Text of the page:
Monday 2/1/16, morn – Follow-up appointment to learn about results. Another group, this time 15 patients. We were each handed a sheet with our results and seated at a U-shaped table with a CPAP unit for each participant. Senior doctor talked about apnea, the various types, its prevalence (30% of the population; now I understand why they’re handling us in groups!), history of diagnosis and treatment, all the myriad dangerous conditions it’s been linked to (including heart failure/attack, stroke, diabetes, insulin resistance/overweight, and even Alzheimer’s). We were told what the reference ranges were for mild/moderate/severe, and got a quick explanation of the other items on our results sheet. A hand-written number at the top right was our co-pay % for equipment if we decided to go with CPAP therapy. (People had varying amounts of durable medical device coverage depending on the specific plan they had. My out-of-pocket % was 0.) We were each issued a Respironics APAP for a week, were shown how to fit the nasal mask and operate the on/off and ramp buttons, and sent on our way. No charge for this visit either. Appts to return the machine were automatically set for the following Monday at 9a.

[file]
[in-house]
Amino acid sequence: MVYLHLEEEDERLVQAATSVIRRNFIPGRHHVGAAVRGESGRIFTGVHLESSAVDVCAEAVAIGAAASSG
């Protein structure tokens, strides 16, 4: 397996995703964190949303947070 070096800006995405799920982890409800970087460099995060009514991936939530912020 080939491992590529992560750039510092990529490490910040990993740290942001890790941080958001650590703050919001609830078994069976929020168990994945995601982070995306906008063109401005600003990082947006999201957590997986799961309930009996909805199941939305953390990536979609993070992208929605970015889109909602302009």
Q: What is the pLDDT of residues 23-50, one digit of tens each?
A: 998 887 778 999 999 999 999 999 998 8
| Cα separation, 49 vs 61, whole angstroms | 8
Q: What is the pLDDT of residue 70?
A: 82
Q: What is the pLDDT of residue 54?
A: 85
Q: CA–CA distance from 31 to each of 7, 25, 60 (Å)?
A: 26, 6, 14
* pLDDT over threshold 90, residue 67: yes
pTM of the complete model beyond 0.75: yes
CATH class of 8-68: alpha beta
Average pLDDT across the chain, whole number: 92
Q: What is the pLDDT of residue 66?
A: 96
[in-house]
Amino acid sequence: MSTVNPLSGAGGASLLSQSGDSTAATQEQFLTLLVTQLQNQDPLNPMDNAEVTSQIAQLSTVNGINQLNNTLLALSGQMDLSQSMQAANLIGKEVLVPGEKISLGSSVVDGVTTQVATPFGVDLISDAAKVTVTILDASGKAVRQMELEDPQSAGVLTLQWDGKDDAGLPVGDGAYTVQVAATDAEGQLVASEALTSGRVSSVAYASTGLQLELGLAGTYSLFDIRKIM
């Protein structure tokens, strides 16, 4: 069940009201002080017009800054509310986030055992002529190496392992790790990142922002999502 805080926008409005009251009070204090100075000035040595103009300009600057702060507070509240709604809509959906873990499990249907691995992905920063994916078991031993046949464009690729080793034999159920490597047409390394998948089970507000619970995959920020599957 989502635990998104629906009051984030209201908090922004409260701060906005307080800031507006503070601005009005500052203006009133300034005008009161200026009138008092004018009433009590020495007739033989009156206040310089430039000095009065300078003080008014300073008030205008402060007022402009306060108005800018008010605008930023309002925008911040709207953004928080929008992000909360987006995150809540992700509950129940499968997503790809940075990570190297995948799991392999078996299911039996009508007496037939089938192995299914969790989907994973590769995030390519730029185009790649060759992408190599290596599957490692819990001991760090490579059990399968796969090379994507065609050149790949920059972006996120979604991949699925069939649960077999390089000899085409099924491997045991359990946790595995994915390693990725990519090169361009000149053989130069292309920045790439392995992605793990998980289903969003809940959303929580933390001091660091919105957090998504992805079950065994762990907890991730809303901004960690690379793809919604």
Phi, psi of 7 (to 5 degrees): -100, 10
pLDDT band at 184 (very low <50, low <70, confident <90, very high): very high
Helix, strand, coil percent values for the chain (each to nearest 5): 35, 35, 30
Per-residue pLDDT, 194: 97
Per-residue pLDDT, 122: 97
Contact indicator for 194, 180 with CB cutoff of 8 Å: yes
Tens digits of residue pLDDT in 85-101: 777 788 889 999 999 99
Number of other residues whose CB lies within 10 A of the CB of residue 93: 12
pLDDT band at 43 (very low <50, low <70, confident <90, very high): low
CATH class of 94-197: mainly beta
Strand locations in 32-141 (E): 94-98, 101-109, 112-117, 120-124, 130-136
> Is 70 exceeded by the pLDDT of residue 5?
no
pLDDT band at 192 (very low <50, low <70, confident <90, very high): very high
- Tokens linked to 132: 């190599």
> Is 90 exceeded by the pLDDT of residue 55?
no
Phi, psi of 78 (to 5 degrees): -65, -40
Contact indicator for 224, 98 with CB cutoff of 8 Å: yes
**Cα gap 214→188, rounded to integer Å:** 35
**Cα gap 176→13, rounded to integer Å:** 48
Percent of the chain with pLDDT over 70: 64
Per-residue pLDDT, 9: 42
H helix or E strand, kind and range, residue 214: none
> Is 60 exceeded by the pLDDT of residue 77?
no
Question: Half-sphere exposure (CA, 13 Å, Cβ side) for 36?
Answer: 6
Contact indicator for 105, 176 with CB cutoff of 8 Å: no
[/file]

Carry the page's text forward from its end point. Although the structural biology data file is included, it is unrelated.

When I got home that evening, first thing I did was examine the machine, note that it had an SD card, and look for software that would read that card. I like being informed and involved in my own care, and it annoys me that these devices are dumbed-down for the patient, hiding most or all of the data and making the settings/adjustments accessible only by a doctor. Found the (free!) SleepyHead software (let us all sing its praises!) and set it up.